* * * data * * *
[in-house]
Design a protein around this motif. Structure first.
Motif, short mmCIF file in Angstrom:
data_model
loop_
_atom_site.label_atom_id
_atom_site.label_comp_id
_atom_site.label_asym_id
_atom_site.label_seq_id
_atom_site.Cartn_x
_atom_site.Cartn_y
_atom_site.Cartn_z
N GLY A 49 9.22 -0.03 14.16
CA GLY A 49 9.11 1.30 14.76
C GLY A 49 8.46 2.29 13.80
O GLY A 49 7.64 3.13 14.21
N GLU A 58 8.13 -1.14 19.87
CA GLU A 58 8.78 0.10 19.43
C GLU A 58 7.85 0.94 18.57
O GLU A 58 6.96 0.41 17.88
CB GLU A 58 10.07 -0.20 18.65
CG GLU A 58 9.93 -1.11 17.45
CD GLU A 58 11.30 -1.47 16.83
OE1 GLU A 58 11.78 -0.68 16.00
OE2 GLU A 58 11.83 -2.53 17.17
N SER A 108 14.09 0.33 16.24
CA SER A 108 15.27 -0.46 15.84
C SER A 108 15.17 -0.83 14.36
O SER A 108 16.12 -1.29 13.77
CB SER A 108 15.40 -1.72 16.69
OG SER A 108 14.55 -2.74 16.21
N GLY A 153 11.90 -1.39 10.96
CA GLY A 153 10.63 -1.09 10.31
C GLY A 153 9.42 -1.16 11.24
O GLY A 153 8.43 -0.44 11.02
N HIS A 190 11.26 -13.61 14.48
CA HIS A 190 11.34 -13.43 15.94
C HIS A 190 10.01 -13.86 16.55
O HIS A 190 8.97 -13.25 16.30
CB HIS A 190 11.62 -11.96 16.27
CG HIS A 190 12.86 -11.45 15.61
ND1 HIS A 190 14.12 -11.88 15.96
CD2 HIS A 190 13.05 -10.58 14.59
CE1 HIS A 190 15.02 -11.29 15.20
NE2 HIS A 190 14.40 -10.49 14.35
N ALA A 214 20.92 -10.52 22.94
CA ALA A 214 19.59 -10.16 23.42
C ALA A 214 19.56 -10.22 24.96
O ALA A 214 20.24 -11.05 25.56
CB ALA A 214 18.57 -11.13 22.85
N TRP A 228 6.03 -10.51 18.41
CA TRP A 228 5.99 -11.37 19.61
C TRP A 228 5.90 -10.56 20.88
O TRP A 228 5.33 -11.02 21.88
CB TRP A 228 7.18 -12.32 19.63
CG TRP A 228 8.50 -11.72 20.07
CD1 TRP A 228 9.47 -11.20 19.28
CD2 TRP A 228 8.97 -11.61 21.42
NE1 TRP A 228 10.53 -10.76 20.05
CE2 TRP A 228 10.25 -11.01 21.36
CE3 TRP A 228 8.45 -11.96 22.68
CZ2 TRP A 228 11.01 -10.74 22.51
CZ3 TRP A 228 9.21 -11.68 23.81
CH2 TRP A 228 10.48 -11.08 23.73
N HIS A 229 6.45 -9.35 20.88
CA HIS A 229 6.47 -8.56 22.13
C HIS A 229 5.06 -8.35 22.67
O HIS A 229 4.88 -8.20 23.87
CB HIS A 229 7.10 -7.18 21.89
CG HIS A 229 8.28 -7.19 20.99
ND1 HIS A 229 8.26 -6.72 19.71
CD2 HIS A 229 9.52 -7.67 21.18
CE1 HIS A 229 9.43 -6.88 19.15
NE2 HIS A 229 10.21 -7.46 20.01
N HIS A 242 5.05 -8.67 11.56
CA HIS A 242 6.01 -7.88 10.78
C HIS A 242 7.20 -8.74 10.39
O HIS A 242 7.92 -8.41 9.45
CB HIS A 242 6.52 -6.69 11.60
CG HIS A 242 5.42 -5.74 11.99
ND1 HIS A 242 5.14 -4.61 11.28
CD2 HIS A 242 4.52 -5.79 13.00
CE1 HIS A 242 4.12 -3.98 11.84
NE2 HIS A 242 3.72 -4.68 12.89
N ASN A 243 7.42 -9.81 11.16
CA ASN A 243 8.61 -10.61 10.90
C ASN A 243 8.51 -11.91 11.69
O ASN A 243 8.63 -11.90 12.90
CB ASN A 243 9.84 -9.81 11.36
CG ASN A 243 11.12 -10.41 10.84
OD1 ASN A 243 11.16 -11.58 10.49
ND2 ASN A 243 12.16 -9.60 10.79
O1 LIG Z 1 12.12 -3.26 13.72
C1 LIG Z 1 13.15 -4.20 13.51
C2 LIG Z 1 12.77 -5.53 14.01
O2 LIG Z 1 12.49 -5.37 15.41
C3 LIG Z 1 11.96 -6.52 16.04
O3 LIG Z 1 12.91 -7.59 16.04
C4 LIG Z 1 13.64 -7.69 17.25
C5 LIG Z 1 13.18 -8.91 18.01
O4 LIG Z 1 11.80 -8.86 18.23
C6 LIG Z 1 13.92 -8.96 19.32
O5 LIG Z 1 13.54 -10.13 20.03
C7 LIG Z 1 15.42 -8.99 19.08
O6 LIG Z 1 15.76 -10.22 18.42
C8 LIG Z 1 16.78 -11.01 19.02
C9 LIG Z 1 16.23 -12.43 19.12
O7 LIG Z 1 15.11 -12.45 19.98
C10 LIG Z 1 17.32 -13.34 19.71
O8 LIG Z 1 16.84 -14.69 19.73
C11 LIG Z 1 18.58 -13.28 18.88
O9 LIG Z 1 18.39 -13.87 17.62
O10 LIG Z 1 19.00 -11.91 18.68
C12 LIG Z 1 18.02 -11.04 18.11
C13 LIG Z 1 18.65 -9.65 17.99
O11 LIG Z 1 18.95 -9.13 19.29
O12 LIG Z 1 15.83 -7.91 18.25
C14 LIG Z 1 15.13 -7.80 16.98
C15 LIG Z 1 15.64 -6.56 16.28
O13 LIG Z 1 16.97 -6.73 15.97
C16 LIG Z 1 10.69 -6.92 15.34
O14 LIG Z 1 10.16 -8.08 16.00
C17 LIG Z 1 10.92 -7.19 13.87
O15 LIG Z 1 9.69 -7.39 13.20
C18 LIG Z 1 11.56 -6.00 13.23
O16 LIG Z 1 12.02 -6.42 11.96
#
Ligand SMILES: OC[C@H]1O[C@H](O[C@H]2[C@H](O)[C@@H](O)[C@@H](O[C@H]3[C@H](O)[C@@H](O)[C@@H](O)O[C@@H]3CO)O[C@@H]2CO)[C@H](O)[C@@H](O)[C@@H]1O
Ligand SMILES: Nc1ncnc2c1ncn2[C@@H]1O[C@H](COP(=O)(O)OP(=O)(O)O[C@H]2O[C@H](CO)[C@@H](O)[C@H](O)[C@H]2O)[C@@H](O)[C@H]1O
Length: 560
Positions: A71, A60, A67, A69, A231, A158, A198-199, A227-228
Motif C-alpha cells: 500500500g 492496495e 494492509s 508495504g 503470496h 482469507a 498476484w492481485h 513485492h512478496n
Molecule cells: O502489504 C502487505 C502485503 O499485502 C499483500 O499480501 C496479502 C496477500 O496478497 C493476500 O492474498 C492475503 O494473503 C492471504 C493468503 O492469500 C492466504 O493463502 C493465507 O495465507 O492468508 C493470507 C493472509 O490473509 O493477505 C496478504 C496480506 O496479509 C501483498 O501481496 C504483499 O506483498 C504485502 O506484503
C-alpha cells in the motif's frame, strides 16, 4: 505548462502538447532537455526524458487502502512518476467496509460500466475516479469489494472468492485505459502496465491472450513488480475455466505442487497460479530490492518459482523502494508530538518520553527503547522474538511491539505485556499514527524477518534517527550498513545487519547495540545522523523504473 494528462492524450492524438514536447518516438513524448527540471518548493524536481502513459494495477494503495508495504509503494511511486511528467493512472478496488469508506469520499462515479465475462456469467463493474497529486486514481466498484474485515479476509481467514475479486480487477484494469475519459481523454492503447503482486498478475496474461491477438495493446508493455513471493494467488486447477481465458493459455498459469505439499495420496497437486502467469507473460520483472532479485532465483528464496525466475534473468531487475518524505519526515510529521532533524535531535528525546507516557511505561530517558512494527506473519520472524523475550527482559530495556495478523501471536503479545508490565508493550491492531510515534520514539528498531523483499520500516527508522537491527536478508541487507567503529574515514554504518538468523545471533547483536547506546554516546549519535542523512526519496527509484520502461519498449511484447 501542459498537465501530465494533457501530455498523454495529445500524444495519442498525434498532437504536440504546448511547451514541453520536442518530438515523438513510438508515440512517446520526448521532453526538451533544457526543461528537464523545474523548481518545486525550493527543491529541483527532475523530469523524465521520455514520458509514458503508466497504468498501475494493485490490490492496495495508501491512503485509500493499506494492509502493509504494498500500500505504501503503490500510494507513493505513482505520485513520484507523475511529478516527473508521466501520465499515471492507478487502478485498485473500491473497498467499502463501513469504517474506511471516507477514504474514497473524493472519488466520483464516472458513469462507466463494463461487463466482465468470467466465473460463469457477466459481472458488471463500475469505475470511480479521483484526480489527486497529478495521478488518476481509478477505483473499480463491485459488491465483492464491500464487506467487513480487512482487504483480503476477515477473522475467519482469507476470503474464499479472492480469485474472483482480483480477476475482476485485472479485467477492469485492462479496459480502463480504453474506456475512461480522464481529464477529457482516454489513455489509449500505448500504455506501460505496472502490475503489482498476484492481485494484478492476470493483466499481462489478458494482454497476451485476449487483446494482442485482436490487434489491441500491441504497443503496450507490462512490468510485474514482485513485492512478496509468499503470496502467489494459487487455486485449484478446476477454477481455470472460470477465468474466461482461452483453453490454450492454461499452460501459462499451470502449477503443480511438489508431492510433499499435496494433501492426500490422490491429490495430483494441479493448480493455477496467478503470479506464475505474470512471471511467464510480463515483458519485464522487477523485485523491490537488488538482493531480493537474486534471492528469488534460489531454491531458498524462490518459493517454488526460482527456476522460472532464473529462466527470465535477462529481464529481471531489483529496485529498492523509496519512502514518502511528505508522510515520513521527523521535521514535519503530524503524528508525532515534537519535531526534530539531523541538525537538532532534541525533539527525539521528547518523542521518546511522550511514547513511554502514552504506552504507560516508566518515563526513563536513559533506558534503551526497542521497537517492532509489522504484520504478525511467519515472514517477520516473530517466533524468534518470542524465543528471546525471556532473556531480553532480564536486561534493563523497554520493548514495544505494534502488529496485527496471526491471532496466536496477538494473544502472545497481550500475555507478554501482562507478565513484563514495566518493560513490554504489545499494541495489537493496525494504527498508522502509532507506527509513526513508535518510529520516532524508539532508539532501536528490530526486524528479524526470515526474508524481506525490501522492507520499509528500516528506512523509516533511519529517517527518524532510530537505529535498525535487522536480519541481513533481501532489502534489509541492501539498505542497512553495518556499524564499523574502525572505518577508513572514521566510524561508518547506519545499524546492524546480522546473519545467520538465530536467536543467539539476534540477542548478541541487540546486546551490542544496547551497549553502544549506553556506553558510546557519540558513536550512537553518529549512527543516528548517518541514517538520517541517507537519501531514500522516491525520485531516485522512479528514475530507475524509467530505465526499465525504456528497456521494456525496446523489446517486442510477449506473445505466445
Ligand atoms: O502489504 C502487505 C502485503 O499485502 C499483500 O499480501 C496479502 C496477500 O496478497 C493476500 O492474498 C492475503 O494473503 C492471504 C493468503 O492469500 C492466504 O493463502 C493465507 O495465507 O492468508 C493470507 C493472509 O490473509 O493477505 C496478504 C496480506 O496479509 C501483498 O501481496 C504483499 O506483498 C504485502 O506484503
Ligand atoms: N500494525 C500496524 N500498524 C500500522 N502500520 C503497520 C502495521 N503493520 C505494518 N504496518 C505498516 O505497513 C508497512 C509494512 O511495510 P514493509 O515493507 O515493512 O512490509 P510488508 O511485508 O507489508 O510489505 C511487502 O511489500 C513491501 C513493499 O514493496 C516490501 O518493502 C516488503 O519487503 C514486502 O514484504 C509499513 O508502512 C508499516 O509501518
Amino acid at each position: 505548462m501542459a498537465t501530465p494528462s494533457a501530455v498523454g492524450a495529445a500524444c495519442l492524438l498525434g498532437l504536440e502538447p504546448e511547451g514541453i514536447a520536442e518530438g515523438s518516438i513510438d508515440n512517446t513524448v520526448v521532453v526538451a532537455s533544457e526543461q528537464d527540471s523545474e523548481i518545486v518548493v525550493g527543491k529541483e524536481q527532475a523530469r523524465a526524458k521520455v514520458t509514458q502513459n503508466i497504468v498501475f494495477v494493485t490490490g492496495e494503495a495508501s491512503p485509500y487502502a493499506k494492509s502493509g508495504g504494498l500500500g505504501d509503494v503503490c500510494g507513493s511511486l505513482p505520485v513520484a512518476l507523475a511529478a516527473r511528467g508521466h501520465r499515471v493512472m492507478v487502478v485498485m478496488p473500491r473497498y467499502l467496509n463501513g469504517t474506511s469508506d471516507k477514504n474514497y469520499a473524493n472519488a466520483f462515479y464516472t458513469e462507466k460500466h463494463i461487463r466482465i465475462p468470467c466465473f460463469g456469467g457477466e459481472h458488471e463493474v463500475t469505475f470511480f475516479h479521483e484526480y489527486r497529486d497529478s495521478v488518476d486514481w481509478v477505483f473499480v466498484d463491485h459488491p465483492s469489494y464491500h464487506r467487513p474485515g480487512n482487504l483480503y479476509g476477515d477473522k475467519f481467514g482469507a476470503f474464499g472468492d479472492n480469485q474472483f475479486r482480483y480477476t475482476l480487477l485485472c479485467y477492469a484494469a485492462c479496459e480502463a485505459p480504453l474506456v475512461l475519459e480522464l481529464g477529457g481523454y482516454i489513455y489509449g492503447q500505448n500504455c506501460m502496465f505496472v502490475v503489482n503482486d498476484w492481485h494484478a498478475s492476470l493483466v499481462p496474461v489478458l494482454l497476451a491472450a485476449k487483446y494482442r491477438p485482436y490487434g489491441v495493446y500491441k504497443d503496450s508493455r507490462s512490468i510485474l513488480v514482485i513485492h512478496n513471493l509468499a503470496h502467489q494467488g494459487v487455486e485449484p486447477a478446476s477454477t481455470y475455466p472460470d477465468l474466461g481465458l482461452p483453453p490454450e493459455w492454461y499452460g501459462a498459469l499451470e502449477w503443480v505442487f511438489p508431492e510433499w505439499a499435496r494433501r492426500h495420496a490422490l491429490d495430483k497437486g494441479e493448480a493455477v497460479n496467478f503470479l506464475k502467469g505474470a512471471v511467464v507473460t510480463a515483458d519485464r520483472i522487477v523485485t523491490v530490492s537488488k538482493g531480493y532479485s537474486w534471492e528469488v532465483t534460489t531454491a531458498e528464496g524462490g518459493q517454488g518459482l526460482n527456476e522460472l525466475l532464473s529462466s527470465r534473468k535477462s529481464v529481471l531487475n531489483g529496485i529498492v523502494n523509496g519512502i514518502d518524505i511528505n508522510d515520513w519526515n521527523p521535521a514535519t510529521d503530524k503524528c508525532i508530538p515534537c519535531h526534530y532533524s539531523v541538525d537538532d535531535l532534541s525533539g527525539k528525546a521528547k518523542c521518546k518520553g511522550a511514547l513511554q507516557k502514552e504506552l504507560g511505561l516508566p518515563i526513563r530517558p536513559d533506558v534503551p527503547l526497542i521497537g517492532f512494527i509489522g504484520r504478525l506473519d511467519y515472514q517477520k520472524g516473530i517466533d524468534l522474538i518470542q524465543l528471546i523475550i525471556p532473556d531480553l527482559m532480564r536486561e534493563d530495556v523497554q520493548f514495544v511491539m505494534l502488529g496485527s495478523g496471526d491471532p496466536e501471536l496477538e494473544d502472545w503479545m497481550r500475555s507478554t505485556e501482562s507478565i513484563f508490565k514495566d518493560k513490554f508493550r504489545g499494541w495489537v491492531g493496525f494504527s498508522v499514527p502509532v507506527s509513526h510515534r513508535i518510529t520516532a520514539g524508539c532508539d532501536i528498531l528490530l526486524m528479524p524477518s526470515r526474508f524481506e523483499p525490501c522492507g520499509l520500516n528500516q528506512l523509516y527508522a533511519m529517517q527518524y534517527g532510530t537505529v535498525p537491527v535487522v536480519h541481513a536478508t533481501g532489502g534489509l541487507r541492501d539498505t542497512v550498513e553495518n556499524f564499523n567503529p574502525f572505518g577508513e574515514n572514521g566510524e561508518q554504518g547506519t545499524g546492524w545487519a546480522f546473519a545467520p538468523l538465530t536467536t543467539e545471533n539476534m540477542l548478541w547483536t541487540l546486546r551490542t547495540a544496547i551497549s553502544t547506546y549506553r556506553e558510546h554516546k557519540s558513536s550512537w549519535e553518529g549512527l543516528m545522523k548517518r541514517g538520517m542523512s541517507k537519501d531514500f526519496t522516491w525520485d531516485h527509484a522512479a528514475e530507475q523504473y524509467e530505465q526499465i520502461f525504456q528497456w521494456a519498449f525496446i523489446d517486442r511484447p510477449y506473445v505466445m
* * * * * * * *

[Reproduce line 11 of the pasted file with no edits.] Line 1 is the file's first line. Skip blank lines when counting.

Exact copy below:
_atom_site.Cartn_y